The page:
It was an amazing game to watch despite Canada’s loss. This is hockey as I remember it from my childhood. Full of fast play, solid clean checking; not the goon game it’s become – a combo wrestling/boxing free for all on ice with a bout of hockey breaking out now and then.
If only pro hockey could be this good. This is hockey I would watch all season!
It was passionate play. Passion, this is what the winter Olympics are all about. These athletes possess a passion to live life at the edge in winter. They rail against the boredom and inertia brought on by the long, cold nights and short, dreary days of this seemingly endless season.
Some kind of craziness seeps into their minds. This would have to be so. How else can one explain the desire to: whizz down a course full of mind boggling twists and turns head first on a sled barely big enough for an adult human being, or launch off the half pipe to a height of 35 feet, spinning and somersaulting all the way and land cat-like, feet first only to do it again and again, or be one of 4 competitors, shoulder to shoulder vying for lead position right out of the gate in the wild and crazy challenge that is snowboard and ski cross?
Passion, guts and phenomenal presence are displayed under the most unthinkable circumstances leaving the rest of us mere mortals in awe. Such was the case in the 2006 Olympics men’s aerials event when a skier flew into the air and lost not one, but both of his skis. When interviewed he recounted what his thoughts were during the (approximately) 3 seconds he was airborne.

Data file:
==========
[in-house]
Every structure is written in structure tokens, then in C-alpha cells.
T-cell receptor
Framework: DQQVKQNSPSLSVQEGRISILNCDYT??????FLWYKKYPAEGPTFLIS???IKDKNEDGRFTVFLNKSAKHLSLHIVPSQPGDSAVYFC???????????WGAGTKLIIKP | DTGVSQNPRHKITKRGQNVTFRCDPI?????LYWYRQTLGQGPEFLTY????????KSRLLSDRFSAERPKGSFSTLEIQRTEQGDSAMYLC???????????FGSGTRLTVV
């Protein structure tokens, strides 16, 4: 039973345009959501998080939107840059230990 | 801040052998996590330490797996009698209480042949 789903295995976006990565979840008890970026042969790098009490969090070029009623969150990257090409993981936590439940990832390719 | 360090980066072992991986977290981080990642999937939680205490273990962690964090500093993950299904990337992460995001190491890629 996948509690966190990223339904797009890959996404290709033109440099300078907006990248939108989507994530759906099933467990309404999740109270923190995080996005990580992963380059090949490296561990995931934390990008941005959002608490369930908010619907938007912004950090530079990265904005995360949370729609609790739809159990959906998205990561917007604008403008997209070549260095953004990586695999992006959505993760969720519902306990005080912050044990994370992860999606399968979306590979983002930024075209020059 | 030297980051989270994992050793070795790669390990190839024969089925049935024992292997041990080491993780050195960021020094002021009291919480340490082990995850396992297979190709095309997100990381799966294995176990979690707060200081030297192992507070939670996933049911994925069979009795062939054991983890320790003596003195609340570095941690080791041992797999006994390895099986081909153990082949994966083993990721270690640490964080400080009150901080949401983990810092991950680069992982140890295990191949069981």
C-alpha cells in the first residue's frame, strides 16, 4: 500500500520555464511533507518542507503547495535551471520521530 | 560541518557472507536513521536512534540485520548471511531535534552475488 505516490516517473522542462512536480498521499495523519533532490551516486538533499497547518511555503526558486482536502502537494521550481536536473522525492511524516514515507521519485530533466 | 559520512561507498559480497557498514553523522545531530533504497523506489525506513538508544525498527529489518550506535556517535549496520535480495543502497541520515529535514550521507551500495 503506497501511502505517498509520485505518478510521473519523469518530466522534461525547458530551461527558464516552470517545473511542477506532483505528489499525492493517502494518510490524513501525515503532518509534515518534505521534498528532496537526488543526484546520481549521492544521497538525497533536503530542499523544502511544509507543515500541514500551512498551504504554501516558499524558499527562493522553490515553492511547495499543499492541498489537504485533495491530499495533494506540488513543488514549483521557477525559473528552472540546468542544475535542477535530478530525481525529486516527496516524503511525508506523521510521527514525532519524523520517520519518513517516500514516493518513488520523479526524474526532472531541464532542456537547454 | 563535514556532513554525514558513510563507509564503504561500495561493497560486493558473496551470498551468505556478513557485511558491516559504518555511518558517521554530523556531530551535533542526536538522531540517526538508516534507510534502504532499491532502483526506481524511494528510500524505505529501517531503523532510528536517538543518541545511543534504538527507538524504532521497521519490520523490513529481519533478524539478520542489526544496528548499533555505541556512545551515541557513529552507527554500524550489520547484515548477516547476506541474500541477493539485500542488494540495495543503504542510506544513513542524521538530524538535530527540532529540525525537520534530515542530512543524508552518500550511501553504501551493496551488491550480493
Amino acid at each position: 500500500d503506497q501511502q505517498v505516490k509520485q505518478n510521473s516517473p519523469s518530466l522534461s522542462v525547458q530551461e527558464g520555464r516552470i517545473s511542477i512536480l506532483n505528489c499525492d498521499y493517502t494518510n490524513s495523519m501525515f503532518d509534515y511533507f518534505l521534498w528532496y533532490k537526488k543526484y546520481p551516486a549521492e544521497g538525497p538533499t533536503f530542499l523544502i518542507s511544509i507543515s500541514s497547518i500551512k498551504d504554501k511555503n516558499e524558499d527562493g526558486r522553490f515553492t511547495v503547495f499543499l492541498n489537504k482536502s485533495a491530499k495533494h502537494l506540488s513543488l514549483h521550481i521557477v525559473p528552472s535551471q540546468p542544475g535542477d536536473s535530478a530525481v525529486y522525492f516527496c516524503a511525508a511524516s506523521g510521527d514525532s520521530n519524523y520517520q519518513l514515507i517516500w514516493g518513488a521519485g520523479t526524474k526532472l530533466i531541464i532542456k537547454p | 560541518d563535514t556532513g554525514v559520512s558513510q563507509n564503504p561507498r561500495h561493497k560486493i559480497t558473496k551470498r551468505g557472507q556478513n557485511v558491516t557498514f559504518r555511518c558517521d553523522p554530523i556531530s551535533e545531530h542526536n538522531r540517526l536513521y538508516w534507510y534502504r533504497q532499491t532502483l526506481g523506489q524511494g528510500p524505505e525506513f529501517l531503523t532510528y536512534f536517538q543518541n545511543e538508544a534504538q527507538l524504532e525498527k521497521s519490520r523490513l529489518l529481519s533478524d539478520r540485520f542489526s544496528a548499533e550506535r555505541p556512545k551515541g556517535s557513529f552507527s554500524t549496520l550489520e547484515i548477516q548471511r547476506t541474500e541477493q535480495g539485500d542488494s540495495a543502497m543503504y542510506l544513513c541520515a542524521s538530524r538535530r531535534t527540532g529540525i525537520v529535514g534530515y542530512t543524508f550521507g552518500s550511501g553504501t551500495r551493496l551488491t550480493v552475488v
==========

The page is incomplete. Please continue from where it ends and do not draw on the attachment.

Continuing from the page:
It went something like (bear in mind I am paraphrasing from memory here), “Wow, there goes a ski…crumbs there goes the other one. Mmmm, I’m in a bit of trouble. Must land on my feet, but not too hard or I’ll break my ankles so I’ll have to slide a bit. Oh, and what the heck, while I’m up here I might as well complete the sequence I had planned.” (And, he did!)
I use this example when teaching meditation to illustrate just how many thoughts are possible within mere seconds – and these are the thoughts that he chose to enter his mind while others were howling for attention. What I, and most everyone else, would have thought goes something like this, “S***************T”! Just one long, sustained, 3 second, inner scream would echo in our minds as, paralyzed by fear, we plummet to the earth.
And, that’s why you and I are on the couch watching these insane, incredibly calm, smiley people (whether they do well or not, I’m amazed at what a great time the majority of the competitors seem to be having).
Yes, crazy but not without a sense of humour as well. What would the winter games be without the short track relay with all of the bum shoving used to propel team mates across the ice and in the 2 person bobsled where the last guy in runs like hell to get the thing up to speed only to jump in and curl up in a tiny ball with his head buried God knows where as they barrel down the course? Yup, I bet more than a few beers went into these ideas as well.
Ah, winter. It’s enough to make us behave like maniacs. Now I understand why people in warmer climes are so mellow. They don’t have the opportunity to get the winter crazies.